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Wednesday, 24 August 2011
Page: 5366

Apple Imports


Senator XENOPHON (South Australia) (14:46): My question is to the Minister representing the Minister for Trade, Senator Conroy. On 1 February 2011 the Australian and New Zealand delegations to the WTO jointly advised the World Trade Organisation that Australia would be in a position to issue new permits for the importation of apples from New Zealand on 17 August 2011. This announcement was well prior to the completion of the import risk analysis Australia was required to undertake. In fact it was before the Biosecurity Services Group had conducted the visit to New Zealand upon which Biosecurity Australia had purported to base its recent risk analysis. So on what basis was this agreement made and this date chosen given the import risk analysis had not been completed in February? Why shouldn't Australian apple growers and pear growers conclude that from no later than 1 February the outcome of the risk analysis had been fixed so that New Zealand apples were coming to Australia?


Senator CONROY (VictoriaMinister for Broadband, Communications and the Digital Economy, Deputy Leader of the Government in the Senate and Minister Assisting the Prime Minister on Digital Productivity) (14:47): I thank Senator Xenophon for his question. Under WTO rules Australia had an obligation to implement the outcomes of the apples dispute either immediately or within a reasonable period of time. The Australian government decided to implement the outcomes by a scientific review of the existing 2006 import risk analysis. The reasonable period of time can be set either by agreement between the parties or by an independent arbiter. The New Zealand and Australian authorities negotiated a period of eight months to complete this review, putting Australia in a position to issue import permits by 17 August 2011. If it had been left to an arbiter it is likely that Australia would have been given less time to implement the findings.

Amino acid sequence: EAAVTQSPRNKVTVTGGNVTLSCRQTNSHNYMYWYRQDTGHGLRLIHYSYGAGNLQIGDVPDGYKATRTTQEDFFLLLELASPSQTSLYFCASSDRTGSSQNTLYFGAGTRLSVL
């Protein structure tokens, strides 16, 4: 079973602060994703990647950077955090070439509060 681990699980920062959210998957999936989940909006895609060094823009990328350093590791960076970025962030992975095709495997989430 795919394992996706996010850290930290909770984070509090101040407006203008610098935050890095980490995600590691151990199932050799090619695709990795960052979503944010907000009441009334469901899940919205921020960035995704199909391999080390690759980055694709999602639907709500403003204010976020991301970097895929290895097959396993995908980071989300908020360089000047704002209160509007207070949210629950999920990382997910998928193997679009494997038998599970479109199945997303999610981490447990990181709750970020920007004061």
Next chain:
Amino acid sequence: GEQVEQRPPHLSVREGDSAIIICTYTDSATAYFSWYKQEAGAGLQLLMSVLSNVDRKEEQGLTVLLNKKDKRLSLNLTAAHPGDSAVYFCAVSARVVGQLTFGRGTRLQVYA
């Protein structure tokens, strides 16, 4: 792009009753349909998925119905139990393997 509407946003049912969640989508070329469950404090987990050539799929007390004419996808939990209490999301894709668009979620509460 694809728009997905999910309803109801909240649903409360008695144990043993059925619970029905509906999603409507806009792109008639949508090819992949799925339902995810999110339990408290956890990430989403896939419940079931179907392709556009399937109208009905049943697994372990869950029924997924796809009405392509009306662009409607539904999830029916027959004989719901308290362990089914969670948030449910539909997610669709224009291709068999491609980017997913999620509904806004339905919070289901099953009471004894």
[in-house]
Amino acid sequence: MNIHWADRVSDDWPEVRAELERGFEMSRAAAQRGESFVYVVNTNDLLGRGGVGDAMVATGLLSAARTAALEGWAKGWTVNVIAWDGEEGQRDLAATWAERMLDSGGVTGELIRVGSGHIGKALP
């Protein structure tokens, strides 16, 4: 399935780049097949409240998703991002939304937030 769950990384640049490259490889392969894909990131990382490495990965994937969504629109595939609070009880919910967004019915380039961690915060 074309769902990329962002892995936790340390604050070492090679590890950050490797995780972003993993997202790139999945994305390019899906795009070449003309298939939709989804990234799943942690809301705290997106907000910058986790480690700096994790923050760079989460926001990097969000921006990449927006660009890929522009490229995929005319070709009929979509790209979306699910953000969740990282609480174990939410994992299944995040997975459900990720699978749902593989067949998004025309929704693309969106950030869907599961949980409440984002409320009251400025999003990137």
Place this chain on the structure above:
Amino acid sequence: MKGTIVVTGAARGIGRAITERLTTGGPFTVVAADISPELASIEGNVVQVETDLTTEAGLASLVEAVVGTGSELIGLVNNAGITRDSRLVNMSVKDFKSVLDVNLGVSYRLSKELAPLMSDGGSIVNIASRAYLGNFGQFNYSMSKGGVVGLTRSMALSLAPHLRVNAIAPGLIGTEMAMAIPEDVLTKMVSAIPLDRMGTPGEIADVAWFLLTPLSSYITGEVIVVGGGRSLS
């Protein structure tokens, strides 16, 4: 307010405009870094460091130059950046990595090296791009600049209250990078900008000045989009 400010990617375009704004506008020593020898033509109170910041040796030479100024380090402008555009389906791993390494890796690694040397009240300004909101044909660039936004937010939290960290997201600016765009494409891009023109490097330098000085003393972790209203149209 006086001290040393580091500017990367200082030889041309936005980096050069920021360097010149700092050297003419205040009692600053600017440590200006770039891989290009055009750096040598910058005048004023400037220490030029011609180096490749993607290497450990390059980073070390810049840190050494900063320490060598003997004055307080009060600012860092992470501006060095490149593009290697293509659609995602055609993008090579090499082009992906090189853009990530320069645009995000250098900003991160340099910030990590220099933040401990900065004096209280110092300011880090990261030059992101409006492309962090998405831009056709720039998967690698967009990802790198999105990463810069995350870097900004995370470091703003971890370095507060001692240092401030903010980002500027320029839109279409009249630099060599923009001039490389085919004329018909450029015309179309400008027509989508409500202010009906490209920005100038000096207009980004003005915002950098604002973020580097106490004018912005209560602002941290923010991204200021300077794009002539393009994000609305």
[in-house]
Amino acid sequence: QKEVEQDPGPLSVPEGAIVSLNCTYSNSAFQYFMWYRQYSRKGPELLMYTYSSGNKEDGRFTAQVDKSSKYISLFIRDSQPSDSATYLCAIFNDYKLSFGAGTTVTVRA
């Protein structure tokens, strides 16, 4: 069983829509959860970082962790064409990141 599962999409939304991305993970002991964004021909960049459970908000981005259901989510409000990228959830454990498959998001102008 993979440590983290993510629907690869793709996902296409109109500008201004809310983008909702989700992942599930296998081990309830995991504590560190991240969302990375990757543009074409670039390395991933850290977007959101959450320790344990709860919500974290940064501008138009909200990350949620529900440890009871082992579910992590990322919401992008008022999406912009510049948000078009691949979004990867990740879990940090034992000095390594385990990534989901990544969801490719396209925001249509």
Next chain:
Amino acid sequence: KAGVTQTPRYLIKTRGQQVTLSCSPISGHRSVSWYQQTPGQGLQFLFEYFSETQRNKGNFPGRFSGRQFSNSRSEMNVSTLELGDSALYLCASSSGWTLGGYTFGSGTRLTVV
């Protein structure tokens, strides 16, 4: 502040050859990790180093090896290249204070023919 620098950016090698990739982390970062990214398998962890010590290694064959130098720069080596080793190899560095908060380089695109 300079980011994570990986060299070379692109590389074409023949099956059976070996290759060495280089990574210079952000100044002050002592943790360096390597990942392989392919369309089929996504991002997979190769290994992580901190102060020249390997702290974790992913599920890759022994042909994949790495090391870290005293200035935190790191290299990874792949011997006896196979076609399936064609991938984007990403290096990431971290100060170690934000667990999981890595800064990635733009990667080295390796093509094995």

Senator XENOPHON (South Australia) (14:48): Mr President, I ask a supplementary question. In fact it is 6½ months, not eight months, Minister. Will the minister agree that, if Australia had not issued that note on 1 February 2011, it would now not be seen to be in breach of any WTO obligations and that it was actually the government's action of nominating a date for an import that now puts Australia in a precarious position with the WTO?


Senator CONROY (VictoriaMinister for Broadband, Communications and the Digital Economy, Deputy Leader of the Government in the Senate and Minister Assisting the Prime Minister on Digital Productivity) (14:48): No. It is likely that if we had not negotiated that period with New Zealand we would have had less time to implement the outcomes of the dispute.


Senator XENOPHON (South Australia) (14:49): Mr President, I ask a further supplementary question. Can the minister confirm that the Australia New Zealand Closer Economic Relations Trade AgreeĀ­ment covers almost all trans-Tasman trade in goods, including agricultural products, and that under ANZCERTA all goods that originate in Australia may be imported to New Zealand with no tariffs? Therefore, would any decision by the WTO in fact not affect New Zealand's obligation to maintain the duty-free flow of goods from Australia under ANZCERTA?


Senator CONROY (VictoriaMinister for Broadband, Communications and the Digital Economy, Deputy Leader of the Government in the Senate and Minister Assisting the Prime Minister on Digital Productivity) (14:49): The government does not agree with this statement. There is nothing in the treaty that prevents New Zealand from imposing retaliatory tariffs consistent with New Zealand's rights under the WTO. The WTO would not consider the provisions of the treaty in determining whether New Zealand could retaliate. It would only look at the parties' rights under the WTO agreement.